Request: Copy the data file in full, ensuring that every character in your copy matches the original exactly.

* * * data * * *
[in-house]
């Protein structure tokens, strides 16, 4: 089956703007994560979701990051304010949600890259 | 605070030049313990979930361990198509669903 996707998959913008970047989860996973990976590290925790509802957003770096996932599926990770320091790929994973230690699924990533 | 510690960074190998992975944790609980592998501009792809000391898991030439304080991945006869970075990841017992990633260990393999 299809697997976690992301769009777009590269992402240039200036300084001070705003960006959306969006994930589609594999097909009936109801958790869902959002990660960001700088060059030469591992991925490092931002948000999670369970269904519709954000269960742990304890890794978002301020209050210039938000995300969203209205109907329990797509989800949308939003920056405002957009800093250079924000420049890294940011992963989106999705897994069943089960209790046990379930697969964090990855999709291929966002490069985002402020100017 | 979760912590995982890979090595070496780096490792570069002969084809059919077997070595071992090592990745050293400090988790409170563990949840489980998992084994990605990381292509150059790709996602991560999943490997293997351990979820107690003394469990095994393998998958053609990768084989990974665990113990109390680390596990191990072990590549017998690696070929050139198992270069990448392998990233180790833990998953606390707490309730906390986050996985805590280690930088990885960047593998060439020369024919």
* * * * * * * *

[in-house]
């Protein structure tokens, strides 16, 4: 089956703007994560979701990051304010949600890259 | 605070030049313990979930361990198509669903 996707998959913008970047989860996973990976590290925790509802957003770096996932599926990770320091790929994973230690699924990533 | 510690960074190998992975944790609980592998501009792809000391898991030439304080991945006869970075990841017992990633260990393999 299809697997976690992301769009777009590269992402240039200036300084001070705003960006959306969006994930589609594999097909009936109801958790869902959002990660960001700088060059030469591992991925490092931002948000999670369970269904519709954000269960742990304890890794978002301020209050210039938000995300969203209205109907329990797509989800949308939003920056405002957009800093250079924000420049890294940011992963989106999705897994069943089960209790046990379930697969964090990855999709291929966002490069985002402020100017 | 979760912590995982890979090595070496780096490792570069002969084809059919077997070595071992090592990745050293400090988790409170563990949840489980998992084994990605990381292509150059790709996602991560999943490997293997351990979820107690003394469990095994393998998958053609990768084989990974665990113990109390680390596990191990072990590549017998690696070929050139198992270069990448392998990233180790833990998953606390707490309730906390986050996985805590280690930088990885960047593998060439020369024919």